5 Things That Will Keep Your Team Satisfied Without Paying Them More Money isn't the only motivator.
Opinions expressed by Entrepreneur contributors are their own.
While money might be the motivating factor for some, it alone doesn't guarantee the happiness of your team members. Creating a strong company culture and strong bond between your entire team helps to maintain a healthy work environment.
Keeping your team satisfied and motivated not only keeps your company firing on all cylinders, but it also leads to long-term team members, reducing turnover. So, what can you do as a business owner to cause your team members to give it their all? Here are five things to consider -- all of which can help motivate your team and keep them satisfied.
1. Celebrate personal wins in front of the entire team.
Far too many founders are scared off by the politically correct police -- and would rather give everyone a participation trophy.
There is absolutely nothing wrong with identifying and celebrating individual wins. It can have a major impact on your company as well. First, it motivates those that you do single out and celebrate -- they want to continue to excel and thrive -- and often times that praise is more satisfying than money.
Also, it can create a very healthy, competitive environment. Team members will work hard in an effort to receive the same recognition in the future. Throw out the participation awards and start congratulating personal accomplishments within your company.
2. Give every team member a purpose.
Your team members spend a lot of time working and surrounded with everyone within your company. Sometimes, the same amount of time, if not more, than with their family and loved ones.
The last thing you want to do is make a team member feel like they aren't an important part of your organization. Give them meaning and purpose -- the desire to feel needed is one that every team member has.
"Your team members need to feel as if every second spent working for your company serves a purpose. When every person has a clear understanding of what he or she does that contributes to the success of your company, the better chance you have of keeping them highly motivated," says Eric Rea, co-founder and CEO of Podium.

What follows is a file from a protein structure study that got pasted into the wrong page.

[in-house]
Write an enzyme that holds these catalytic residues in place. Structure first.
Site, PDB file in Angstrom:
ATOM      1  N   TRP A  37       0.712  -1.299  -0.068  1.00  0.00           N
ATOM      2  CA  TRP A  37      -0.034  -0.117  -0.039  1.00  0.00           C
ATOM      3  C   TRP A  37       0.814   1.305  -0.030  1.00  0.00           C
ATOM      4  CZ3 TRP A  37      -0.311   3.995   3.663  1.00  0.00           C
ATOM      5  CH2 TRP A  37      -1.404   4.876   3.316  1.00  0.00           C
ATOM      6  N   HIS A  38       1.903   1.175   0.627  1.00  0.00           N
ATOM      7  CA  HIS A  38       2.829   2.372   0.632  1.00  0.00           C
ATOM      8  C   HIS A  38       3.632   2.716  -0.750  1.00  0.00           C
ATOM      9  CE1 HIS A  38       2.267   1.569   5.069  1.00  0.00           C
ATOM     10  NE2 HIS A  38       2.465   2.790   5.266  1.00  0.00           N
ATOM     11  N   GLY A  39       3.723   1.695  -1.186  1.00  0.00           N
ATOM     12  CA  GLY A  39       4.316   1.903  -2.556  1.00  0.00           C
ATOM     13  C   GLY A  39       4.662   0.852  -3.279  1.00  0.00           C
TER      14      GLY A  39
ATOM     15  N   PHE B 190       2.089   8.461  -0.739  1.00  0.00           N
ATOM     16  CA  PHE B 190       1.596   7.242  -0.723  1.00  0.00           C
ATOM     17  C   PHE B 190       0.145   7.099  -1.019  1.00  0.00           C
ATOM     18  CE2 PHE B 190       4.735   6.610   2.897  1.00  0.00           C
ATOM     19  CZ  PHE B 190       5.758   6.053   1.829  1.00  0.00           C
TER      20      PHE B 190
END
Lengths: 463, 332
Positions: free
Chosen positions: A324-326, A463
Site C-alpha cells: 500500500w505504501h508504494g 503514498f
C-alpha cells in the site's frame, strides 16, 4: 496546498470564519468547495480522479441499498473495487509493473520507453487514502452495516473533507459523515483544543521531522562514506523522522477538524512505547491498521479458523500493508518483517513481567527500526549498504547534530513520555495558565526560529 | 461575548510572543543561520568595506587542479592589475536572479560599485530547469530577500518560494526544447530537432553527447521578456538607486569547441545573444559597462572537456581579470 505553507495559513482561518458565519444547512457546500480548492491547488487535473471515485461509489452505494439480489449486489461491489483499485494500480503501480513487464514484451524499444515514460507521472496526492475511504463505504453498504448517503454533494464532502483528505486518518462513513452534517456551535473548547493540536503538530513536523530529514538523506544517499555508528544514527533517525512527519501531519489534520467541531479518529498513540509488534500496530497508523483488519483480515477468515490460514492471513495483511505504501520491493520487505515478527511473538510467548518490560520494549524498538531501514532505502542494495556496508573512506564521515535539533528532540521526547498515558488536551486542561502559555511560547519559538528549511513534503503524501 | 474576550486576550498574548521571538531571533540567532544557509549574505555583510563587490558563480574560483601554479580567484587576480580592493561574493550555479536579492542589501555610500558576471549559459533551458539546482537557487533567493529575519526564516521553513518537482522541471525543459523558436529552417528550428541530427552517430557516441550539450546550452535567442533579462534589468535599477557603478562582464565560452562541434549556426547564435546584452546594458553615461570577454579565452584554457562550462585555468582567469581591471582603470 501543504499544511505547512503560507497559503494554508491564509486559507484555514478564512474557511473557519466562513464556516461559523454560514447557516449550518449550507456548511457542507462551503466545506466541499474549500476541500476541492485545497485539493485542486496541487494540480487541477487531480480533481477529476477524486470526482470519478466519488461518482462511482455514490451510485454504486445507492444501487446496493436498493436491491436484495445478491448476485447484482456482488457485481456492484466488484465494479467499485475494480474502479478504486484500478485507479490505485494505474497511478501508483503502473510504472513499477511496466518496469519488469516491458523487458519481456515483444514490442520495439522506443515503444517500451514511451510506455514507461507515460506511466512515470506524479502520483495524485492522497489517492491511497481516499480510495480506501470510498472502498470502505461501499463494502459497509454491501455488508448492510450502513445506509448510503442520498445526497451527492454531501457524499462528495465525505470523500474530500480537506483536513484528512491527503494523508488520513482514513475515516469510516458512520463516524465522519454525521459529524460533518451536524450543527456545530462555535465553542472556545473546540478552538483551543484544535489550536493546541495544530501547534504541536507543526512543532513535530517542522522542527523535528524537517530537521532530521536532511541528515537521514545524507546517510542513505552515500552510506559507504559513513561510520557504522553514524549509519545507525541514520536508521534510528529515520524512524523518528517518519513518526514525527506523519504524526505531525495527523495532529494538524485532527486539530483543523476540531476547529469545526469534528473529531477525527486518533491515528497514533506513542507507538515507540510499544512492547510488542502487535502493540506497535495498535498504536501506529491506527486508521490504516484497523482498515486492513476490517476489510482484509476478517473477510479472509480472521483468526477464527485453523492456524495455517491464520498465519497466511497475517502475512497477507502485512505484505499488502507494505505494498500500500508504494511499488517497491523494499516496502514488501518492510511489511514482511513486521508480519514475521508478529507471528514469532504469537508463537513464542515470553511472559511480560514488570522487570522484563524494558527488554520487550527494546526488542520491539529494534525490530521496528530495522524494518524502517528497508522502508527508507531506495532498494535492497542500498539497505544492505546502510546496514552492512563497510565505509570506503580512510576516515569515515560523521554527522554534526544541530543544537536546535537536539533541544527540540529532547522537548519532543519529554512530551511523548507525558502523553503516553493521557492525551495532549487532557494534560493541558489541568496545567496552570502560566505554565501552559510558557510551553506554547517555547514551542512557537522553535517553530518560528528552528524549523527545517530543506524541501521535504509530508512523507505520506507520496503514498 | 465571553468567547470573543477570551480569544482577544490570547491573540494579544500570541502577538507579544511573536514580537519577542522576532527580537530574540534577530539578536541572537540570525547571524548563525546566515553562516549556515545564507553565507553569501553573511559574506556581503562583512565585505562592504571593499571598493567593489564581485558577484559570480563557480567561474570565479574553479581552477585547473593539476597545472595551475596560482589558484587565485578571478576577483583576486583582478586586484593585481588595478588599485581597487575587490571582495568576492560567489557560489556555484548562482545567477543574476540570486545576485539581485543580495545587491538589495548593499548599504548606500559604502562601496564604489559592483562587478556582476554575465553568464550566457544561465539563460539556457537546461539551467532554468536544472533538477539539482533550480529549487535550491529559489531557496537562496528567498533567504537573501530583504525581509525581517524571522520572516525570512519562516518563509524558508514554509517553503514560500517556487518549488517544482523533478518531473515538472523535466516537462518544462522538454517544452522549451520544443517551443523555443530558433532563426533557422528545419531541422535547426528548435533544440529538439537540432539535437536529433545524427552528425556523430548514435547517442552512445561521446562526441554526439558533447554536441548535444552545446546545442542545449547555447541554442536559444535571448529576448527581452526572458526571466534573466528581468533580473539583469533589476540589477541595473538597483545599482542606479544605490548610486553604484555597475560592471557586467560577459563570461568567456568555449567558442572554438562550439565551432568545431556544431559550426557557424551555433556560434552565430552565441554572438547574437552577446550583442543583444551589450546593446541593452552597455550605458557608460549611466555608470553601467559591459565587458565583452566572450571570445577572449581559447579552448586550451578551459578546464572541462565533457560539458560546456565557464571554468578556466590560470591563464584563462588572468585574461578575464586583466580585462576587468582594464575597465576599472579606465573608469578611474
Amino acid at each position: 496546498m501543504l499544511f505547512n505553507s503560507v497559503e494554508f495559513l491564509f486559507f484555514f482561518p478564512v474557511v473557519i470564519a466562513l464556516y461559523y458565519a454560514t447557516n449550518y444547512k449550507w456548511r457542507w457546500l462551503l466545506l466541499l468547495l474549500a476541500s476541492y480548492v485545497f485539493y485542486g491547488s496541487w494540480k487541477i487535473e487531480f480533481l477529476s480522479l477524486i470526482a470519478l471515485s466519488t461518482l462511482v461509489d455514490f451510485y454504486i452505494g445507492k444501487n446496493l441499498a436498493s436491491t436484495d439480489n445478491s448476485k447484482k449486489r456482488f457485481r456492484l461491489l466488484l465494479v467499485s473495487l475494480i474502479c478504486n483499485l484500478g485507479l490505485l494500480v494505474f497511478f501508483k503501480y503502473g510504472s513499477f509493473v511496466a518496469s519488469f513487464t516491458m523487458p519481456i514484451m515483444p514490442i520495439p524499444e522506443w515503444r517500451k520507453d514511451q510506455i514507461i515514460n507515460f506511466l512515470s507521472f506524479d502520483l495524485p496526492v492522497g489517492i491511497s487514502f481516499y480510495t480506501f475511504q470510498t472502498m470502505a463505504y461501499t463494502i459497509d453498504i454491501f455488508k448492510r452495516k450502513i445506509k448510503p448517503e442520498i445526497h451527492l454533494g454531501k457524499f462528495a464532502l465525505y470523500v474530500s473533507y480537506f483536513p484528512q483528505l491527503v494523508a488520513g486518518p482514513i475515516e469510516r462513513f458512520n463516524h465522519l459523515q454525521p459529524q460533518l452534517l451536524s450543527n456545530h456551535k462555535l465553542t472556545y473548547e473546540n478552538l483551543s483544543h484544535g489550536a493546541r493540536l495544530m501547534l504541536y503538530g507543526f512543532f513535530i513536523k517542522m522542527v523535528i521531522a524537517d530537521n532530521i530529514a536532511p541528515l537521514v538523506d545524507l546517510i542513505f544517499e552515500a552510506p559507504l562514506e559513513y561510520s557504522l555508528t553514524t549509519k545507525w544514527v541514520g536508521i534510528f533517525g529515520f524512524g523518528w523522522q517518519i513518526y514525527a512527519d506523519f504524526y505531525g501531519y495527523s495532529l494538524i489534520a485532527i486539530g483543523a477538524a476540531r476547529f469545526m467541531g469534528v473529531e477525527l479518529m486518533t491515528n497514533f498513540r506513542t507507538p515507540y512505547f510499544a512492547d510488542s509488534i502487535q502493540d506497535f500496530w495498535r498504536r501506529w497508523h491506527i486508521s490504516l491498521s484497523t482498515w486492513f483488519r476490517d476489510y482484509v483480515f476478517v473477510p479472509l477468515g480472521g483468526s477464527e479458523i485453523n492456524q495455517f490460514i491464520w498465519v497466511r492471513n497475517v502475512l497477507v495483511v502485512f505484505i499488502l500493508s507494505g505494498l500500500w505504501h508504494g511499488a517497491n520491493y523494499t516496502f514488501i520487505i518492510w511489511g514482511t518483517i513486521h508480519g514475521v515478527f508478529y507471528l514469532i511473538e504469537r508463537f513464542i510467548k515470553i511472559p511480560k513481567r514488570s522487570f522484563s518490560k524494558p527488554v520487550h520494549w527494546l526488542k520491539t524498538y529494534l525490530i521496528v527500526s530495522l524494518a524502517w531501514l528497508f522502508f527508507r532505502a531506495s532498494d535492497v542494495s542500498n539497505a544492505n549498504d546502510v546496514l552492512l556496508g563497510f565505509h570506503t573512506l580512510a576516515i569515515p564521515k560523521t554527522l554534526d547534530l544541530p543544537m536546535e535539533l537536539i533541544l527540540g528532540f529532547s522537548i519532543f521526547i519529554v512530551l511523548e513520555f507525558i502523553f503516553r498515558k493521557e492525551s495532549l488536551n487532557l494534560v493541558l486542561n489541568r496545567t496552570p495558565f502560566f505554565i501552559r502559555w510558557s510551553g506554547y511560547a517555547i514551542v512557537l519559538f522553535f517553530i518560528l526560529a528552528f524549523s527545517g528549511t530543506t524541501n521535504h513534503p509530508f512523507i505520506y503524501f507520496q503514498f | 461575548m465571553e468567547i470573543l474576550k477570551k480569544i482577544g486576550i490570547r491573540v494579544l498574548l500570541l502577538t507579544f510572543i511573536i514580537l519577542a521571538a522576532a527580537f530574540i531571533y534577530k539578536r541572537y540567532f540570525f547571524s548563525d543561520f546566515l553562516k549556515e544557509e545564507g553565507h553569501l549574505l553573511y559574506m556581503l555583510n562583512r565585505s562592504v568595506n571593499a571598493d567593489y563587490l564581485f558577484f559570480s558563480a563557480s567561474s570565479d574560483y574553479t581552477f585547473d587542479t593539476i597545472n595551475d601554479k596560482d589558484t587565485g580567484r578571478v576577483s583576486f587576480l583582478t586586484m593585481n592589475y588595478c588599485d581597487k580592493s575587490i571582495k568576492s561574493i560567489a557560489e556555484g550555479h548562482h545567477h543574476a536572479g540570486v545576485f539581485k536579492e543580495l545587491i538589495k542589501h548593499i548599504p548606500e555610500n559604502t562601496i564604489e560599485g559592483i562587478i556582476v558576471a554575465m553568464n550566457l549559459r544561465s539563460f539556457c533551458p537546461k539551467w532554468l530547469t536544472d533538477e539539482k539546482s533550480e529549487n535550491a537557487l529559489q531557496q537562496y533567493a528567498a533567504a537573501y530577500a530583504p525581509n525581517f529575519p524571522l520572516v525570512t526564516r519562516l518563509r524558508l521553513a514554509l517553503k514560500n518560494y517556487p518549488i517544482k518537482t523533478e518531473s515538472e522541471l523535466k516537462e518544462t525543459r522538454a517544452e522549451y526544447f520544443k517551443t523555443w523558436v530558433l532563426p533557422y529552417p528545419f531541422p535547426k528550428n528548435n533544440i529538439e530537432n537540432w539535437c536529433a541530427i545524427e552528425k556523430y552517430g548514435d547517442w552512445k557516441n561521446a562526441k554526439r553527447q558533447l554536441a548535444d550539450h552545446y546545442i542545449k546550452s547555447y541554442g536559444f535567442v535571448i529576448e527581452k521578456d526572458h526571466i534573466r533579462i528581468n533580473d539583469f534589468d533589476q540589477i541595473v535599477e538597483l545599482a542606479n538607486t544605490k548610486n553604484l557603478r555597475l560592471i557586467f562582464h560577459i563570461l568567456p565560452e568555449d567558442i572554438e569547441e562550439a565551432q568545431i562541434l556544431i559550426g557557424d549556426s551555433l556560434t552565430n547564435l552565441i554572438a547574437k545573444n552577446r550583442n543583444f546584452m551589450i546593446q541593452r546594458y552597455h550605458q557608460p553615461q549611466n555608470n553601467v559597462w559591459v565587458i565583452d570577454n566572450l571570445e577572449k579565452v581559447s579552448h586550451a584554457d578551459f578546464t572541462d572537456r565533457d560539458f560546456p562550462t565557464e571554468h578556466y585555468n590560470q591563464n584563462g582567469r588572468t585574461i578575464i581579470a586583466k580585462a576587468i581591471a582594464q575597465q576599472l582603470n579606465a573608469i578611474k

3. Let your team be themselves.
A lot of companies are making changes to office policies and their culture that allow all team members to showcase their personality and just be themselves. I'm much easier to excel in an environment that one feels comfortable in.
Things like a casual dress code, letting team members bring their dogs to the office -- or even working remotely on certain days -- all of this contributes to creating a company culture that allows personalities to shine.
Personal satisfaction and motivation thrives in a creative environment, and when you peel back a bit of the formalities of the past, you can create a much more enjoyable culture that allows the personalities of your team to shine.
4. Dish out some profit-sharing.
While money alone isn't enough to motivate everyone, establishing an employee profit-sharing program can keep everyone working hard, while creating high levels of satisfaction, when it comes time for distribution.
There are so many things to consider, like:
- Should every employee be included?
- What is an appropriate amount that will keep the company scaling and the team satisfied?
- How often should distributions occur?
While not for every company, it's something to consider. If it makes financial sense and can spark more growth while keeping your team motivated and satisfied, it's worth at least exploring.
5. Keep your team challenged.
The majority of your team members want to grow -- professionally in general and within your company. We all want to become better versions of ourselves -- it's natural.But, the only way they are going to accomplish this is if you give them the opportunity. Giving your team members additional responsibilities and opportunities is the only way to test them and then, if successful, allow them to succeed and grow within. If you don't they will become stagnant and bored.